A blind man gets his life back with a fragrance company.
Holding his guide dog, Wan Tsz-Yin sets off to his fragrance company. From Tuen Mun to Prince Edward, his flurry companion Remy accompanies him, so that he can walk faster to catch a bus without hitting obstacles along the way.
“Remy now stays home during the pandemic to avoid infection. So sometimes I have to go to work alone,” say Wan, whose left eye has blurred vision and his right eye is completely blind.
At 10:00 am, the 32-year-old fragrance company founder starts doing measurements and mixing essential oils of different flavors together with cream to create products with different functions.
“I can easily tell the smell of lavender and orange, but I always mix up pine and cedar. It takes time to remember all the scents I work with,” he says.
Wan’s company has six products including aroma oil, lipsticks, hand cream and mask diffusers. Anti-allergy hand cream is the best seller.
Accurate measurement is the key to making aroma oil. But it is a difficult task for Wan and his colleagues.
As the concentration of essential oils varies in different products, the speed of adding them has to be adjusted. Wan says his team has spent a lot of time looking for the best apparatus for accurate measurement.
“Most of my colleagues are only left with around 10% of their eyesight. We use small droppers to have better control of the amount of essential oil added. Colleagues who have better vision do measurement while others pack products,” Wan says.
“We also have to hire someone from an accountant firm to handle paperwork for our company registration, as all of us cannot read due to eyesight problems,” Wan says.
A Sudden Heavy Blow
Wan was not born blind. In 2008, he was diagnosed with a brain tumor that pinched his nerve, causing his blindness. He was 19.
“I was admitted to a hospital for a few months. I did not expect that I would be blind at that time,” he says.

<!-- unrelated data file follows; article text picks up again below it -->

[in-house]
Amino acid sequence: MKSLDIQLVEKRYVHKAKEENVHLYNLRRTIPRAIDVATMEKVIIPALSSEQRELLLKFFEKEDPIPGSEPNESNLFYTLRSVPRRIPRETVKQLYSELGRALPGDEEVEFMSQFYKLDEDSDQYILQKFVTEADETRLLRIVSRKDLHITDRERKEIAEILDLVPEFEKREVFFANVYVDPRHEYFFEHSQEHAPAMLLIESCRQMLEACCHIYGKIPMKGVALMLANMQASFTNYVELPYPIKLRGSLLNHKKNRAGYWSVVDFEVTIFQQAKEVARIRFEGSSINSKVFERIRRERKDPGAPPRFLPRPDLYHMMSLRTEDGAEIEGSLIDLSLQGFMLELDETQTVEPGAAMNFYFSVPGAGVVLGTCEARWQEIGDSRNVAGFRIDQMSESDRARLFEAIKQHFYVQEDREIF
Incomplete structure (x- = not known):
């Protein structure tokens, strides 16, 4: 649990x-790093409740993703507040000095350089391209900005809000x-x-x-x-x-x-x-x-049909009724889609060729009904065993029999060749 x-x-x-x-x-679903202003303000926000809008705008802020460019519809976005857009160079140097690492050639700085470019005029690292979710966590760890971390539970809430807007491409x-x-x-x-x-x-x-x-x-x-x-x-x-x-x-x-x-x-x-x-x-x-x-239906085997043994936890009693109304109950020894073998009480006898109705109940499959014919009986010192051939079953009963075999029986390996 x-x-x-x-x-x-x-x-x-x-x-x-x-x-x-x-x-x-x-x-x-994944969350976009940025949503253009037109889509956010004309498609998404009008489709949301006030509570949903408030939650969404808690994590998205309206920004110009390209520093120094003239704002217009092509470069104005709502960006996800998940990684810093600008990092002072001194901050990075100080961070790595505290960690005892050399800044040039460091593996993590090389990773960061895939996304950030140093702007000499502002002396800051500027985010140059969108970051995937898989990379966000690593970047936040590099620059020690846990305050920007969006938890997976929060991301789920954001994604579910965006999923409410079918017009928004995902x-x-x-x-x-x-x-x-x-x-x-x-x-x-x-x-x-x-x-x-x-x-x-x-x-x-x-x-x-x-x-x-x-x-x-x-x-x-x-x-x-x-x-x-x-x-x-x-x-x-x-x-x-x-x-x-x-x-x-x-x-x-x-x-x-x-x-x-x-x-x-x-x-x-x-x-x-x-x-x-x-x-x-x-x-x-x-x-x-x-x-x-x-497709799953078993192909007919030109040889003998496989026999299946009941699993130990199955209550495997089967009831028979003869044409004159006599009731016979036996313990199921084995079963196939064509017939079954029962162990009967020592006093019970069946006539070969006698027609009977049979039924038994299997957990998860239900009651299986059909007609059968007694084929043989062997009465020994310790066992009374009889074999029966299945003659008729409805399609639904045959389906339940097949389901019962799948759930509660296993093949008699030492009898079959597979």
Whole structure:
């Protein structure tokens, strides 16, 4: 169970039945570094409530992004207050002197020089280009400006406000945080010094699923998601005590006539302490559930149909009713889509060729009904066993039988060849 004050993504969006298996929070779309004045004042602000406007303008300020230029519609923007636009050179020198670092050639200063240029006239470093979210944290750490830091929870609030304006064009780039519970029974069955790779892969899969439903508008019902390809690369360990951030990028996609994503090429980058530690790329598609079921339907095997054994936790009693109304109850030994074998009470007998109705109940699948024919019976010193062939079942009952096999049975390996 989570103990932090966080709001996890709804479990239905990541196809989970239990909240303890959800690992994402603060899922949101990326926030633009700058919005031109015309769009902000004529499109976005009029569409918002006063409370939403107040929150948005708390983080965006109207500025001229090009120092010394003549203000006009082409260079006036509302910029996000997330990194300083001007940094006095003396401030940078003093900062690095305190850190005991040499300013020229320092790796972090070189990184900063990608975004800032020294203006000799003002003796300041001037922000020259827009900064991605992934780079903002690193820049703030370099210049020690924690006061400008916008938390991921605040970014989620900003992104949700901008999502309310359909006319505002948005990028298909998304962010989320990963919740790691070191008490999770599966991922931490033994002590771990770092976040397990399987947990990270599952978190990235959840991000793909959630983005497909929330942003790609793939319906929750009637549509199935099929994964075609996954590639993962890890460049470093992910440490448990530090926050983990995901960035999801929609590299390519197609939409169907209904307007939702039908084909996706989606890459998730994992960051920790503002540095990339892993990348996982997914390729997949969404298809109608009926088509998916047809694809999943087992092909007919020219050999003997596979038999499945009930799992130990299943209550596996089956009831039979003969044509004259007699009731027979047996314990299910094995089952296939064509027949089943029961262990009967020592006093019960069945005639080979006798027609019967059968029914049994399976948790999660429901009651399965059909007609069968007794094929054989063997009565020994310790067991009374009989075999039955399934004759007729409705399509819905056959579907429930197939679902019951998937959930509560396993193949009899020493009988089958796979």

Wan recalled his whole world turned “black in color” when he stepped out of the hospital.
“I felt like I was a burden to my family. I stayed home most of the time for the first six months after being discharged. I felt worthless as I could not take care of myself. I could not even eat on my own. I cried every day,” he says.
His family sought help from some non-governmental organizations (NGOs) which offers help to people with eyesight problems.
“People there (NGOs) taught me some basic life skills such as taking showers and dining. I started learning how to take care of myself,” Wan recalls.
Wan says it took him three to four years to accept the fact that he is blind and move on.
He started joining different rehabilitation courses in the same year, such as learning how to be a visually impaired massage therapist.
“But I still did not know what I could do in the future at that time. I wondered if massage therapist was the only thing I could do,” Wan says.
Data from Census and Statistics Department of Hong Kong Government shows that the unemployment rate among people with eyesight difficulty in 2021 was 88.8 per cent.
There were about 47,600 people in Hong Kong who had eyesight difficulty, accounting for 0.6 per cent of the Hong Kong population in 2021.
A New Career Path
Wan eventually did not work as a massage therapist and founded his fragrance company in 2021.
“My friend asked me to use lavender aroma oil to put myself into a good sleep when I came across some family problems back in 2016,” Wan says.
After using fragrance products for six years, he joined a fragrance making course and a teacher there joined her students to set up their fragrance company.
“I think it might be a new career path for the visually impaired, so I want to give it a try and see if it works out for me. That is how I started my company,” he says.
Wan is also thinking about starting his own social enterprise, offering more job opportunities to people with eyesight problems to work together.
“I hope it can provide a working environment for people with visual difficulty where they do not have to worry about making mistakes and being discriminated. A workplace that will help them thrive,” Wan says.
Sub-edited by Leung Pak-hei